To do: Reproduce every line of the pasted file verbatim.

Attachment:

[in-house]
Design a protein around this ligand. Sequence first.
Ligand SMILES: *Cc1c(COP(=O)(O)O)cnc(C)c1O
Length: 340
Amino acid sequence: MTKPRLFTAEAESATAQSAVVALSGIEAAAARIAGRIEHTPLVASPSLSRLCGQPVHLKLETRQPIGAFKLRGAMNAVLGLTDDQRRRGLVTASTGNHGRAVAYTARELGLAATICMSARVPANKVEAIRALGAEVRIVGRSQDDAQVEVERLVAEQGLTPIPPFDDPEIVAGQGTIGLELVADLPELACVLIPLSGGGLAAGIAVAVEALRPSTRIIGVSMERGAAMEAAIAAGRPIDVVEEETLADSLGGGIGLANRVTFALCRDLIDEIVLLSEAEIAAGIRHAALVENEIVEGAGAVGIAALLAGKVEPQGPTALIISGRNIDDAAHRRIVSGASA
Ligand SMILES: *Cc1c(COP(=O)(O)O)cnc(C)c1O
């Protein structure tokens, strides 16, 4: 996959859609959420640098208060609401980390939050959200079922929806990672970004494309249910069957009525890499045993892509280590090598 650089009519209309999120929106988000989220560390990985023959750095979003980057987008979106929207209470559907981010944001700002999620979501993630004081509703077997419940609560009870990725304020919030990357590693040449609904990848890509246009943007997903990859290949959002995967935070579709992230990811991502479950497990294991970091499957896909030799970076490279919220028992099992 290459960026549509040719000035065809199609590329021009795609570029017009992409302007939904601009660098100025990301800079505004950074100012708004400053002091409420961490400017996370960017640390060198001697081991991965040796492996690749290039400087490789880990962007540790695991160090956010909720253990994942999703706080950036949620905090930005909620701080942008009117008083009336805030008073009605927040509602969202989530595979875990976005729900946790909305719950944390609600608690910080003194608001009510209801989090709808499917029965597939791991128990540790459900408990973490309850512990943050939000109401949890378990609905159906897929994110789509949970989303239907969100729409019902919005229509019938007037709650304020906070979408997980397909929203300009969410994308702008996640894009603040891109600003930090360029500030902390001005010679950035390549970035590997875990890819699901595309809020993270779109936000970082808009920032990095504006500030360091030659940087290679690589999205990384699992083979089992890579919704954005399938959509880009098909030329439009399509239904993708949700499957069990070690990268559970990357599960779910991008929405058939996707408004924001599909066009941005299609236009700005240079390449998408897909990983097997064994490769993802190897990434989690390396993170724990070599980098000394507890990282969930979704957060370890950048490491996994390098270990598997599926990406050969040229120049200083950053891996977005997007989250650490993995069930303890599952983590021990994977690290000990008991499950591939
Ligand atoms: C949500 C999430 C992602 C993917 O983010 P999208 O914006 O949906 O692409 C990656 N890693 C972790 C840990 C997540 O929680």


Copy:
[in-house]
Design a protein around this ligand. Sequence first.
Ligand SMILES: *Cc1c(COP(=O)(O)O)cnc(C)c1O
Length: 340
Amino acid sequence: MTKPRLFTAEAESATAQSAVVALSGIEAAAARIAGRIEHTPLVASPSLSRLCGQPVHLKLETRQPIGAFKLRGAMNAVLGLTDDQRRRGLVTASTGNHGRAVAYTARELGLAATICMSARVPANKVEAIRALGAEVRIVGRSQDDAQVEVERLVAEQGLTPIPPFDDPEIVAGQGTIGLELVADLPELACVLIPLSGGGLAAGIAVAVEALRPSTRIIGVSMERGAAMEAAIAAGRPIDVVEEETLADSLGGGIGLANRVTFALCRDLIDEIVLLSEAEIAAGIRHAALVENEIVEGAGAVGIAALLAGKVEPQGPTALIISGRNIDDAAHRRIVSGASA
Ligand SMILES: *Cc1c(COP(=O)(O)O)cnc(C)c1O
């Protein structure tokens, strides 16, 4: 996959859609959420640098208060609401980390939050959200079922929806990672970004494309249910069957009525890499045993892509280590090598 650089009519209309999120929106988000989220560390990985023959750095979003980057987008979106929207209470559907981010944001700002999620979501993630004081509703077997419940609560009870990725304020919030990357590693040449609904990848890509246009943007997903990859290949959002995967935070579709992230990811991502479950497990294991970091499957896909030799970076490279919220028992099992 290459960026549509040719000035065809199609590329021009795609570029017009992409302007939904601009660098100025990301800079505004950074100012708004400053002091409420961490400017996370960017640390060198001697081991991965040796492996690749290039400087490789880990962007540790695991160090956010909720253990994942999703706080950036949620905090930005909620701080942008009117008083009336805030008073009605927040509602969202989530595979875990976005729900946790909305719950944390609600608690910080003194608001009510209801989090709808499917029965597939791991128990540790459900408990973490309850512990943050939000109401949890378990609905159906897929994110789509949970989303239907969100729409019902919005229509019938007037709650304020906070979408997980397909929203300009969410994308702008996640894009603040891109600003930090360029500030902390001005010679950035390549970035590997875990890819699901595309809020993270779109936000970082808009920032990095504006500030360091030659940087290679690589999205990384699992083979089992890579919704954005399938959509880009098909030329439009399509239904993708949700499957069990070690990268559970990357599960779910991008929405058939996707408004924001599909066009941005299609236009700005240079390449998408897909990983097997064994490769993802190897990434989690390396993170724990070599980098000394507890990282969930979704957060370890950048490491996994390098270990598997599926990406050969040229120049200083950053891996977005997007989250650490993995069930303890599952983590021990994977690290000990008991499950591939
Ligand atoms: C949500 C999430 C992602 C993917 O983010 P999208 O914006 O949906 O692409 C990656 N890693 C972790 C840990 C997540 O929680």